“Overall, most women who choose LARC methods experience few side effects except for slight changes in their menstrual bleeding, which are common with both the IUD and birth control implant.” (Some women stop bleeding entirely or their periods become much lighter. The copper IUD can be more disruptive to the menstrual cycle.)
—Dr. Alyssa Bennett

Experts and students talk side effects

“With the hormonal IUD, approximately 25 percent of women won’t have a period at all. The copper IUD can cause periods to become heavier or crampier. For both, you may experience cramping or a low backache for up to a few weeks after insertion. There’s also a slightly increased risk of infection, called pelvic inflammatory disease (PID), during the first 20 days after the IUD is inserted. After that, the risk for PID is very low. Very rarely, the uterus can be injured when the IUD is inserted.

“With the birth control implant, changes in menstrual bleeding patterns are less predictable than those with an IUD. About a third of women have lighter periods and 20 percent will have no periods, while some have reported heavier bleeding. Other less common side effects include headaches, weight gain (likely related to changes in appetite), scalp hair loss, acne, and mood changes such as depression or nervousness.”
—Dr. Alyssa Bennett, clinical fellow in adolescent medicine, Boston Children’s Hospital, Massachusetts

“The IUD can make women’s periods more manageable and [sometimes] more predictable. The implant can make bleeding unpredictable. There is no way to know which group you are in beforehand.”
—Dr. Colleen Krajewski, practicing OB-GYN; assistant professor at the University of Pittsburgh Magee-Women’s Hospital, Pennsylvania; medical advisor to Bedsider.org

Students’ stories

“Getting an IUD is awesome. Though they last for at least five years you can get it taken out at any moment. I have the Mirena, and though it secretes a little bit of progesterone into your body, I experience no side effects and enjoy a more predictable, lighter period. I have recommended it to many friends.”
—Fourth-year student, Montgomery College, Maryland

“I am a new user of the IUD and the only complaint I have is it takes a while for your body to get used to it. Don’t freak out if you’re bleeding/cramping for a week. Friends of mine are so happy with this IUD and it has done away with their periods.”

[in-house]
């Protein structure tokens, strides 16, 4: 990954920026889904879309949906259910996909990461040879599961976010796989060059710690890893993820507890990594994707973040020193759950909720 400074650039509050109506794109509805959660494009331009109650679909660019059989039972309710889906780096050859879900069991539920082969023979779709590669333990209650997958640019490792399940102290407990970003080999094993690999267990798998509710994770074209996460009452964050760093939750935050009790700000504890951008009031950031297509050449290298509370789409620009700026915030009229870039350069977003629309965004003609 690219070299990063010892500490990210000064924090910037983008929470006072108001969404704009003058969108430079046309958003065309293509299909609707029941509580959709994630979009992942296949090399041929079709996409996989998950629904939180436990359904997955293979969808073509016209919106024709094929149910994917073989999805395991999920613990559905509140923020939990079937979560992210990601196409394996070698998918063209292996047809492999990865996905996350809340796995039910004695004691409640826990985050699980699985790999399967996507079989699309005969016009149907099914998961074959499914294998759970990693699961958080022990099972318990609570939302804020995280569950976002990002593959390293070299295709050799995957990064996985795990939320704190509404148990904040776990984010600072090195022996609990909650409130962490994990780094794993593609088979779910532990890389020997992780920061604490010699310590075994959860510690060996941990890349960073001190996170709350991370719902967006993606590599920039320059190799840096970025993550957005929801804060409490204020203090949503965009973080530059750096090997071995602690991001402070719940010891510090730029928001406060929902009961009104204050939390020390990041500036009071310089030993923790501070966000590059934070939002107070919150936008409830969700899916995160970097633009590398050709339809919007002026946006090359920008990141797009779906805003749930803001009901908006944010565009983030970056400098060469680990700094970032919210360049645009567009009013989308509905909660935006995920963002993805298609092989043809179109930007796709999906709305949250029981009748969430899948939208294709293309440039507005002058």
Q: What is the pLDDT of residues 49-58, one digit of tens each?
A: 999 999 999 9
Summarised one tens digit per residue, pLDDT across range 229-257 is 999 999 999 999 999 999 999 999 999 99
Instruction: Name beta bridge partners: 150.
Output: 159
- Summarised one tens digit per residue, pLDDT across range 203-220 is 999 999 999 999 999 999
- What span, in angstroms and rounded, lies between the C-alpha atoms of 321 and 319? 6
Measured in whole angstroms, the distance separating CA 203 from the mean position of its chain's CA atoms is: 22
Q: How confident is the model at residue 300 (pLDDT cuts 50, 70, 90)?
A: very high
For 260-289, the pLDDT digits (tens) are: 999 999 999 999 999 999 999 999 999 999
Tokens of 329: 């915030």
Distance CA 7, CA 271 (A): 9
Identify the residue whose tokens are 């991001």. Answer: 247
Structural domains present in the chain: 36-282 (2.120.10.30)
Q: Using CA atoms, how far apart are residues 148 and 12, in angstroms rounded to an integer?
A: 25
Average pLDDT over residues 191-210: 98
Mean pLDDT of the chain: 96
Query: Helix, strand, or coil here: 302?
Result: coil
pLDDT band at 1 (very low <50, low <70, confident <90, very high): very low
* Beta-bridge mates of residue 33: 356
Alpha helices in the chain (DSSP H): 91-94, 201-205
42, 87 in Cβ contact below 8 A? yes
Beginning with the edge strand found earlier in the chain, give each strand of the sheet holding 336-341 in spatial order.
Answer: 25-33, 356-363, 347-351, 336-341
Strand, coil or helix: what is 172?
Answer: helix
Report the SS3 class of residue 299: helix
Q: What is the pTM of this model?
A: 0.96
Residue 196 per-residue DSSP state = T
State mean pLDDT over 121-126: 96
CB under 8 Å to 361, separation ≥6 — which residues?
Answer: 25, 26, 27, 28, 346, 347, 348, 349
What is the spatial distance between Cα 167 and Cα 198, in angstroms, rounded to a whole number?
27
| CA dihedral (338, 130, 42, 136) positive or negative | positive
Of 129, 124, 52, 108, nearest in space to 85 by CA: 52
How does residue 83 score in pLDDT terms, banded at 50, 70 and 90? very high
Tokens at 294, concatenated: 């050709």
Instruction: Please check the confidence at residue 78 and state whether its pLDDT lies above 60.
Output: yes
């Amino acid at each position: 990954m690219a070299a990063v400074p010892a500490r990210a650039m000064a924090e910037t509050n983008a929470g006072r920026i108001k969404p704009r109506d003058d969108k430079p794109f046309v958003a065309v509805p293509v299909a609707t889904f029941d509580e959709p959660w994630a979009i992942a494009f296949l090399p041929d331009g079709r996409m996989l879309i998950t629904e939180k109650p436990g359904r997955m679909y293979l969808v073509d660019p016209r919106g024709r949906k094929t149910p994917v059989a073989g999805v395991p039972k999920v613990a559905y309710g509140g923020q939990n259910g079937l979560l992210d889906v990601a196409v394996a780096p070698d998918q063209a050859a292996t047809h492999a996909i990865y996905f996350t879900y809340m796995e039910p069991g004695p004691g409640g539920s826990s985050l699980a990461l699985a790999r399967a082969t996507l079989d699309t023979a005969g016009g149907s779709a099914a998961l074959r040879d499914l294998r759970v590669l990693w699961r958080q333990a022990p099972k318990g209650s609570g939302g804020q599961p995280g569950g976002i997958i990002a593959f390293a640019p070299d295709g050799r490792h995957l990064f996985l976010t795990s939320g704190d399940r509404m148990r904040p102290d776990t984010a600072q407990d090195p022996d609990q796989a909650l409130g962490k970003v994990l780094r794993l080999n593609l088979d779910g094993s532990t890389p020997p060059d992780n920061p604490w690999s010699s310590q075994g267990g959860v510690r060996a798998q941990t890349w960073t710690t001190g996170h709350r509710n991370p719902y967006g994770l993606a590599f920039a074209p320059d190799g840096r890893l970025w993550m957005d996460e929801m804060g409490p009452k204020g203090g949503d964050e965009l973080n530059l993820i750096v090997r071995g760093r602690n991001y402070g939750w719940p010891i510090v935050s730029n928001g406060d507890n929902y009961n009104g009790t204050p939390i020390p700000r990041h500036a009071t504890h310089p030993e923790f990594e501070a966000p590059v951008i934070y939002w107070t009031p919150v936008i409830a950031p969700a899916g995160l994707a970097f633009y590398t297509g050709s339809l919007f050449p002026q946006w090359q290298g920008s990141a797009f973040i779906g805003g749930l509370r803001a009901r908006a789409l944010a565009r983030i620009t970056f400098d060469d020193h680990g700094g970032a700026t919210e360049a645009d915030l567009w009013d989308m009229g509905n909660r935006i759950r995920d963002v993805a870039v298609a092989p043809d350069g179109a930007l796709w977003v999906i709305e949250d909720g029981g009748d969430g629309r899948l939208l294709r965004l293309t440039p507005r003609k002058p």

—Third-year student, University of New Mexico

“I love my IUD! It has made my life so much better. I always hated the way that the Pill messed with my emotions. My non-hormone IUD (ParaGard) is such an amazing alternative. I don’t have the mood swings, it’s not something I have to think or worry about on a daily basis, and my periods are very predictable.”
—Second-year graduate student, Saint Louis University, Missouri

“I dated a girl that used the Mirena IUD and she was very happy with it. She enjoyed not having a monthly period.”
—Third-year student, Northern Maine Community College

“My wife had an implant and it was great. There seemed to be no ill side effects and it was very effective.”
—Online student, Minneapolis College of Art and Design

“Nexplanon is a progestin implant that goes in your arm, about the size of a matchstick. It does hurt and give a nasty bruise for a month, but I haven’t had any weight gain, mood swings, or ill-effects from it. I also have not had any painful ovarian cysts (which I used to get pretty often) since getting the implant. Also, [for me] it makes periods lighter or not happen at all.”
—First-year student, Northeast State Community College, Tennessee

“I have a copper IUD and it’s great. I’d heard that copper IUDs could make periods worse, but mine hasn’t. I switched to a copper IUD after hormonal birth control made me depressed and irritable and killed my sex drive. Now I feel like a normal human being again. Best decision ever.”
—Third-year graduate student, University of Victoria

“The IUD isn’t for everyone. I’m on [the copper IUD] because I can’t have birth control with hormones. The one annoying thing is that my periods have become more frequent.”
—Fourth-year student, Carleton University, Ontario

Is it painful to get an IUD or implant?

Is it painful to get an IUD or implant?
“A lot of people hear stories about IUD insertion being painful or scary. Everybody’s experience is different, and it’s often not as bad as you think it will be. The cramping and scariness go away, but your birth control stays in place. Most patients that I place the IUD in say, ‘Oh, that wasn’t nearly as bad as I thought!’”

“Some women are more comfortable with getting the implant inserted in their arm, because it’s more familiar, like a tattoo or piercing.”

—Dr. Colleen Krajewski, practicing OB-GYN; assistant professor at the University of Pittsburgh Magee-Women’s Hospital, Pennsylvania; medical advisor to Bedsider.org

IUD